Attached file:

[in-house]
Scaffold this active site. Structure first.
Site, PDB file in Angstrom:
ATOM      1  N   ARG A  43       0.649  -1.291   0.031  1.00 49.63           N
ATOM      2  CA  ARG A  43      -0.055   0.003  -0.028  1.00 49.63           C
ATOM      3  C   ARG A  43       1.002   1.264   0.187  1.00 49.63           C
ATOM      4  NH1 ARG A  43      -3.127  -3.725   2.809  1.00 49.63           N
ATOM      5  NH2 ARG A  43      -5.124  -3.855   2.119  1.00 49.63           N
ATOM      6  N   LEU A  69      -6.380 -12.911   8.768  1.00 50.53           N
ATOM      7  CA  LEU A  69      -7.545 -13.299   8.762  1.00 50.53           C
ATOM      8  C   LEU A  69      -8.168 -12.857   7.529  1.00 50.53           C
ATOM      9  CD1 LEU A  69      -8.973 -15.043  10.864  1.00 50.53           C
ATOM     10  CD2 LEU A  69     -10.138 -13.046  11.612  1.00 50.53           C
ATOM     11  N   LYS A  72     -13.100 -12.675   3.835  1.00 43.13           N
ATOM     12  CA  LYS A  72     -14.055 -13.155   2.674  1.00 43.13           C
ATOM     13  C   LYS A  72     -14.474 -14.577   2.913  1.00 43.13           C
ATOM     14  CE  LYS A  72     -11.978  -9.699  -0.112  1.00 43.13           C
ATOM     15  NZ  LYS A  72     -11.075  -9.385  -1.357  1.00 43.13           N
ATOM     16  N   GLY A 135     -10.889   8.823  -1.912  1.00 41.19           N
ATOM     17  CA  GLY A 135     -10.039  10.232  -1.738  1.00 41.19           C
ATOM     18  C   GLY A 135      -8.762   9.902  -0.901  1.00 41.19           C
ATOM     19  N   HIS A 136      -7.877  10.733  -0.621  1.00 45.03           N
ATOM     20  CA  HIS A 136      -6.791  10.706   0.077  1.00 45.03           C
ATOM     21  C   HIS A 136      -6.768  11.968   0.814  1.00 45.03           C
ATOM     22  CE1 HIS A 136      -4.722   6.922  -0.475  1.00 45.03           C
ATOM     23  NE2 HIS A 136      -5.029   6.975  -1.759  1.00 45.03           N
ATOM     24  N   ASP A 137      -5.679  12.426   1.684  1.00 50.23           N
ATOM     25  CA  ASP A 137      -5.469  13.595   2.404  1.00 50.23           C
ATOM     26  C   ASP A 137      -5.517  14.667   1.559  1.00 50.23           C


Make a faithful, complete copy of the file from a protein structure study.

[in-house]
Scaffold this active site. Structure first.
Site, PDB file in Angstrom:
ATOM      1  N   ARG A  43       0.649  -1.291   0.031  1.00 49.63           N
ATOM      2  CA  ARG A  43      -0.055   0.003  -0.028  1.00 49.63           C
ATOM      3  C   ARG A  43       1.002   1.264   0.187  1.00 49.63           C
ATOM      4  NH1 ARG A  43      -3.127  -3.725   2.809  1.00 49.63           N
ATOM      5  NH2 ARG A  43      -5.124  -3.855   2.119  1.00 49.63           N
ATOM      6  N   LEU A  69      -6.380 -12.911   8.768  1.00 50.53           N
ATOM      7  CA  LEU A  69      -7.545 -13.299   8.762  1.00 50.53           C
ATOM      8  C   LEU A  69      -8.168 -12.857   7.529  1.00 50.53           C
ATOM      9  CD1 LEU A  69      -8.973 -15.043  10.864  1.00 50.53           C
ATOM     10  CD2 LEU A  69     -10.138 -13.046  11.612  1.00 50.53           C
ATOM     11  N   LYS A  72     -13.100 -12.675   3.835  1.00 43.13           N
ATOM     12  CA  LYS A  72     -14.055 -13.155   2.674  1.00 43.13           C
ATOM     13  C   LYS A  72     -14.474 -14.577   2.913  1.00 43.13           C
ATOM     14  CE  LYS A  72     -11.978  -9.699  -0.112  1.00 43.13           C
ATOM     15  NZ  LYS A  72     -11.075  -9.385  -1.357  1.00 43.13           N
ATOM     16  N   GLY A 135     -10.889   8.823  -1.912  1.00 41.19           N
ATOM     17  CA  GLY A 135     -10.039  10.232  -1.738  1.00 41.19           C
ATOM     18  C   GLY A 135      -8.762   9.902  -0.901  1.00 41.19           C
ATOM     19  N   HIS A 136      -7.877  10.733  -0.621  1.00 45.03           N
ATOM     20  CA  HIS A 136      -6.791  10.706   0.077  1.00 45.03           C
ATOM     21  C   HIS A 136      -6.768  11.968   0.814  1.00 45.03           C
ATOM     22  CE1 HIS A 136      -4.722   6.922  -0.475  1.00 45.03           C
ATOM     23  NE2 HIS A 136      -5.029   6.975  -1.759  1.00 45.03           N
ATOM     24  N   ASP A 137      -5.679  12.426   1.684  1.00 50.23           N
ATOM     25  CA  ASP A 137      -5.469  13.595   2.404  1.00 50.23           C
ATOM     26  C   ASP A 137      -5.517  14.667   1.559  1.00 50.23           C